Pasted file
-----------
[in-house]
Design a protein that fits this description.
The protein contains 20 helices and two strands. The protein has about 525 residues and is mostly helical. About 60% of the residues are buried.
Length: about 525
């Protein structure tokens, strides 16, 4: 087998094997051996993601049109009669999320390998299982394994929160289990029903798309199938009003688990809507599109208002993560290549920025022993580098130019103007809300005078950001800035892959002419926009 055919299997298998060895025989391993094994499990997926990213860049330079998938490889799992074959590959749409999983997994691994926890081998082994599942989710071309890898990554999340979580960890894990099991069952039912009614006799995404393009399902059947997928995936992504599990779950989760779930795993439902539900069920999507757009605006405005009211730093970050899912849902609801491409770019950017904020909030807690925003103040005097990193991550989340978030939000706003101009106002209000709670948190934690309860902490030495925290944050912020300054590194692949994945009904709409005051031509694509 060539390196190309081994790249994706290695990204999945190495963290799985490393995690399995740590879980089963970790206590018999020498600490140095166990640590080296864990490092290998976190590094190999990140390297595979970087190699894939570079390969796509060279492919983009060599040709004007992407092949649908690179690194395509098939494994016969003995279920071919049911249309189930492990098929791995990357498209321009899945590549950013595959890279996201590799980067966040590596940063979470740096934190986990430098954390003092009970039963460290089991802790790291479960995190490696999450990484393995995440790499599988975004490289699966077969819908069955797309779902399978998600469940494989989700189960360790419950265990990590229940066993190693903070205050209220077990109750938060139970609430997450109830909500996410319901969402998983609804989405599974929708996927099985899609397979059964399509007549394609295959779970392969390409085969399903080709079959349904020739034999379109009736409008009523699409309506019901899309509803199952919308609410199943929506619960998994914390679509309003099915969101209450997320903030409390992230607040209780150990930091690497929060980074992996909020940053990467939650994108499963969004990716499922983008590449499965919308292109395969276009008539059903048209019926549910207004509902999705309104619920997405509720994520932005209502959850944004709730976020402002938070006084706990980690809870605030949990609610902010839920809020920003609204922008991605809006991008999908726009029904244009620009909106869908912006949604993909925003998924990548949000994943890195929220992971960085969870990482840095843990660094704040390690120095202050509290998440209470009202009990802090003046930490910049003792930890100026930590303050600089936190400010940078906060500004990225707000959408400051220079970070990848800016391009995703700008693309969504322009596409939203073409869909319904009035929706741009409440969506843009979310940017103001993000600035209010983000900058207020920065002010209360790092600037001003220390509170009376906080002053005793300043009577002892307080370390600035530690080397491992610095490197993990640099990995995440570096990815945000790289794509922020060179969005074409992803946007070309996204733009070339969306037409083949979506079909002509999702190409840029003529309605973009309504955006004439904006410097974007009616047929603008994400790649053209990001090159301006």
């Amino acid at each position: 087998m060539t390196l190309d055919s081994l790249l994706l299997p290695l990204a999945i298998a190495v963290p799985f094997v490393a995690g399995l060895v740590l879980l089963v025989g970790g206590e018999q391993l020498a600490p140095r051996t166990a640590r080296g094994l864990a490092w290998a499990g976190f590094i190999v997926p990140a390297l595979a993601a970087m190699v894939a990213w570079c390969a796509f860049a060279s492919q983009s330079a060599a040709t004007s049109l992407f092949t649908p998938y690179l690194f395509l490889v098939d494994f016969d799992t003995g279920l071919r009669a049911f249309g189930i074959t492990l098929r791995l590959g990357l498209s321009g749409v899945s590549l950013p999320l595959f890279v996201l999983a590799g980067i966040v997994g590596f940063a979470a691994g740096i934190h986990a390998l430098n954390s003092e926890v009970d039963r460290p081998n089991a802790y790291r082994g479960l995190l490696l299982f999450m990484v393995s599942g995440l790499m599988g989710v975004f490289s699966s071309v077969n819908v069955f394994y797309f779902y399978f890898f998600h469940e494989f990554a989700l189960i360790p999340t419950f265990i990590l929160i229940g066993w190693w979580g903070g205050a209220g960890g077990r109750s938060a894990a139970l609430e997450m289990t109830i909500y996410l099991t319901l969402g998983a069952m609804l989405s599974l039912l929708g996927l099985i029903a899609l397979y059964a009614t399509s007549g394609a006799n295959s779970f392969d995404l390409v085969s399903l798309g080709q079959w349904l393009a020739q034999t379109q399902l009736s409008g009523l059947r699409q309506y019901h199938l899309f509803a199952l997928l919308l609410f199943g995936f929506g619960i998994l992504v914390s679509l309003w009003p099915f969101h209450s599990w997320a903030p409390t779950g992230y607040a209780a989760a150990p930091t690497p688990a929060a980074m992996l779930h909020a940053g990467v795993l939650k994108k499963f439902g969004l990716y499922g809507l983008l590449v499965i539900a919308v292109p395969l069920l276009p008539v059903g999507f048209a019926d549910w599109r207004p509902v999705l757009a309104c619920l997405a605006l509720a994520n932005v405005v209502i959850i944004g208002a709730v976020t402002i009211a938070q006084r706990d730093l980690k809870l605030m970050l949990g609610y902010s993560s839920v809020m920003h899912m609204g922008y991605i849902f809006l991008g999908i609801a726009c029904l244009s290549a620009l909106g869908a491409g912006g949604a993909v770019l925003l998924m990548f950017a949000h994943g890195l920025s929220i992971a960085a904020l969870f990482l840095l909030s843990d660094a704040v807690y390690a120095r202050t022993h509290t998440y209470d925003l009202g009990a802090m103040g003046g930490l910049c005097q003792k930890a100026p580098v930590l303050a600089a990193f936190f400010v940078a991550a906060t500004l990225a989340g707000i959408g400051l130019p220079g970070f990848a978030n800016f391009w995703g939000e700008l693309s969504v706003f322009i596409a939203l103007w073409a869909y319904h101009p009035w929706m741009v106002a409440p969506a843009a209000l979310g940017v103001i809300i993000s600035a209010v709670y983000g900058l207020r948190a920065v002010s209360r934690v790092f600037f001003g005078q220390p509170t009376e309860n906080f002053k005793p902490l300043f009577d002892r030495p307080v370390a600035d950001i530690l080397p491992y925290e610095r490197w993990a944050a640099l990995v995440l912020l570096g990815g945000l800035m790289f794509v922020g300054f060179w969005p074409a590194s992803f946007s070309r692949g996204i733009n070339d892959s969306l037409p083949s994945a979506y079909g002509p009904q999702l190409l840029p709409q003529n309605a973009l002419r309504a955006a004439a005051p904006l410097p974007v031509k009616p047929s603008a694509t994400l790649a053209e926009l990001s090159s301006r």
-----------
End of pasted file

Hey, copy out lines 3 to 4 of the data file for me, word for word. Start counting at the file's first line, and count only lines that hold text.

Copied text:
The protein contains 20 helices and two strands. The protein has about 525 residues and is mostly helical. About 60% of the residues are buried.
Length: about 525